The Berkeley Lab group decided to conduct a series of searches of the Enron email dataset to see how FastBit, an efficient, compressed bitmap indexing technology that was developed by the group, stacked up against the MySQL database, which bills itself as “the world’s most popular open source database,” in which the data were stored.

In a report published in January 2006, the group evaluated the performance of MySQL and FastBit in handling a number of queries for a dataset of 250,000 unique email messages sent by 151 Enron employees and found that FastBit outperformed MySQL — between 10 to 1,000 times faster, depending on the size of the search result. To achieve their results, group members conducted several experiments.

“In our first set of experiments we measured the performance of searching for specific senders and receivers of the emails,” wrote Kurt Stockinger, lead author of the group’s report. “We built an index for each of these two attributes. Since both senders and receivers are in different database tables, this kind of search requires an expensive ‘join operation.’ “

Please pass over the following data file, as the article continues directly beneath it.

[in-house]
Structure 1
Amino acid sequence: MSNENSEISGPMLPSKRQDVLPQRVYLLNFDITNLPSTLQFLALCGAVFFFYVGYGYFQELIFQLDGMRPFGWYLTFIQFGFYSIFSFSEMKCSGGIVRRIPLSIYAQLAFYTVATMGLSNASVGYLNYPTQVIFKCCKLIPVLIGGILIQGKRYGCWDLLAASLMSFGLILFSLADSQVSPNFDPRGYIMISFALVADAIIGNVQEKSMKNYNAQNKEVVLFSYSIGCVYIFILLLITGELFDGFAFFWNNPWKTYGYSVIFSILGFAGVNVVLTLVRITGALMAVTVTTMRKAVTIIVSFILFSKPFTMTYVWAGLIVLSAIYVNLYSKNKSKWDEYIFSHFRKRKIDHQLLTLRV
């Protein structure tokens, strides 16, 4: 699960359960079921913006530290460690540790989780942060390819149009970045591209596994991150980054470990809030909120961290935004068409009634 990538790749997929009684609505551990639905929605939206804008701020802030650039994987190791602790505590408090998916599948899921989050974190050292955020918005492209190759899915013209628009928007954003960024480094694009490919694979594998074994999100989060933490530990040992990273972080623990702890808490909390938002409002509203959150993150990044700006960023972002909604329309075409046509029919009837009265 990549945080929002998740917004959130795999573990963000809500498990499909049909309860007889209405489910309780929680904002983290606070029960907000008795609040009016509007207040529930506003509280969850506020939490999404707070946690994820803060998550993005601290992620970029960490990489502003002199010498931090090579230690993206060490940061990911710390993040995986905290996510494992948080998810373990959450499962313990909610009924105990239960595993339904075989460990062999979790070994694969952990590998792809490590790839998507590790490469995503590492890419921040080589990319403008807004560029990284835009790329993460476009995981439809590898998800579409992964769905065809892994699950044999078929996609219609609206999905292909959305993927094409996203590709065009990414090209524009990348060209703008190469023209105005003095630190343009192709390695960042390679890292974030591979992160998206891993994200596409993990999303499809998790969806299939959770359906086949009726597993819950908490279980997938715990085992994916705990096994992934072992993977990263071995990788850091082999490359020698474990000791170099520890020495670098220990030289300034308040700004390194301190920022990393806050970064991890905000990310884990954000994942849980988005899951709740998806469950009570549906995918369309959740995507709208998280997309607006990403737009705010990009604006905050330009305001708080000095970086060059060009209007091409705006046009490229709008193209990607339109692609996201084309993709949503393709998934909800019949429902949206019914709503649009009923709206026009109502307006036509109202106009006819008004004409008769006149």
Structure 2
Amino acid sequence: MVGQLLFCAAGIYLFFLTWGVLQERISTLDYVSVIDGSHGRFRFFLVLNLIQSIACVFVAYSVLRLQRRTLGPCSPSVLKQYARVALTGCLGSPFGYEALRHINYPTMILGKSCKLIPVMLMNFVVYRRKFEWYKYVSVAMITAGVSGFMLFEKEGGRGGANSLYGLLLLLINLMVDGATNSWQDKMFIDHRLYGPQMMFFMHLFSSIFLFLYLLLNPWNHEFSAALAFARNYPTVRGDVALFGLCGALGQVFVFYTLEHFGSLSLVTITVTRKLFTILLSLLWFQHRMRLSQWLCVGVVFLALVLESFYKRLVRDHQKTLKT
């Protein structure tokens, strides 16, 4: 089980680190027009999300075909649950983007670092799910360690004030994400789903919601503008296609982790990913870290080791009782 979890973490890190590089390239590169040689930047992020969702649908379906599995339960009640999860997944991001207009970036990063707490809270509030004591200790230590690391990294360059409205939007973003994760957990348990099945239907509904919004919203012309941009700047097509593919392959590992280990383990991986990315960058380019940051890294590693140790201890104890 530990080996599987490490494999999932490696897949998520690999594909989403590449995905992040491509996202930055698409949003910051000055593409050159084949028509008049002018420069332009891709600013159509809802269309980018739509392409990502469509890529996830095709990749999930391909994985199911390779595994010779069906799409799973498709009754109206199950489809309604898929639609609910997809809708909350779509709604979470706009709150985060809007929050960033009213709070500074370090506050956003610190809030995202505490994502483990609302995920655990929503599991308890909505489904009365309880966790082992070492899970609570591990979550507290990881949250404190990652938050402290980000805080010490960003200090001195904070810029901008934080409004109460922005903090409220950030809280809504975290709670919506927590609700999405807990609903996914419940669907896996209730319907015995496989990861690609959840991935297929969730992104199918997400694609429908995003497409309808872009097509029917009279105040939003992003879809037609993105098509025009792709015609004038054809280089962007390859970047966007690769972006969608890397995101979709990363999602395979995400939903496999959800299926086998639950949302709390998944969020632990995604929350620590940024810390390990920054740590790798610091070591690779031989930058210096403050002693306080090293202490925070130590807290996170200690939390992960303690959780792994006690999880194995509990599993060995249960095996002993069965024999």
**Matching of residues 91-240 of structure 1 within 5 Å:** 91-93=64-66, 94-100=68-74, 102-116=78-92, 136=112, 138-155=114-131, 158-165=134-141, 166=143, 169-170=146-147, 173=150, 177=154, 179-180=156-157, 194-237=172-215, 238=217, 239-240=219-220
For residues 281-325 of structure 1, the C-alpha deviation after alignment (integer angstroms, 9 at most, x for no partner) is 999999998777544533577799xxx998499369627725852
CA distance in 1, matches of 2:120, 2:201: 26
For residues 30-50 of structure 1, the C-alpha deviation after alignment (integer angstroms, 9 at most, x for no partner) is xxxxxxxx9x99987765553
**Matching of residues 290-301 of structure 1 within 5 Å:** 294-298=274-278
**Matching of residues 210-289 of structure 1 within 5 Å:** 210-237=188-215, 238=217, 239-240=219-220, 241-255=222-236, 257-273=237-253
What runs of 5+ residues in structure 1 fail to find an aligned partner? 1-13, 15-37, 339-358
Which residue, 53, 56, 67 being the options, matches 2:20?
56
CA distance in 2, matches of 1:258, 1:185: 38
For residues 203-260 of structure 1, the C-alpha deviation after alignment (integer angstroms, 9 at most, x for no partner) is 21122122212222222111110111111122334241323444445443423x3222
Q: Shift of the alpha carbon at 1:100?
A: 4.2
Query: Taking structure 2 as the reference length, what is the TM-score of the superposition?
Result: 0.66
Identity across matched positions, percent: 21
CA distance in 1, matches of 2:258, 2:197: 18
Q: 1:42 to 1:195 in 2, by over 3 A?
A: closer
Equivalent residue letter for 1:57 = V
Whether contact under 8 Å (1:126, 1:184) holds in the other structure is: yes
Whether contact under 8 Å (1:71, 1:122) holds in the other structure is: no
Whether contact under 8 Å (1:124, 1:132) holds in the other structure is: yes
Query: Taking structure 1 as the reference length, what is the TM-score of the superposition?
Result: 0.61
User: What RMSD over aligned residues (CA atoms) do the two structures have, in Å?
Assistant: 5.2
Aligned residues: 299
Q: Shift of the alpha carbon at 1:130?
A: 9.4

To reduce the processing time needed for such join operations, the group combined the two separate tables to create a new table which contained names of all the senders and receivers. Called the materialized table, this newly created table contains 2 million records. Since the number of original messages was 250,000, this indicates that, on average, each message contains 8 recipients.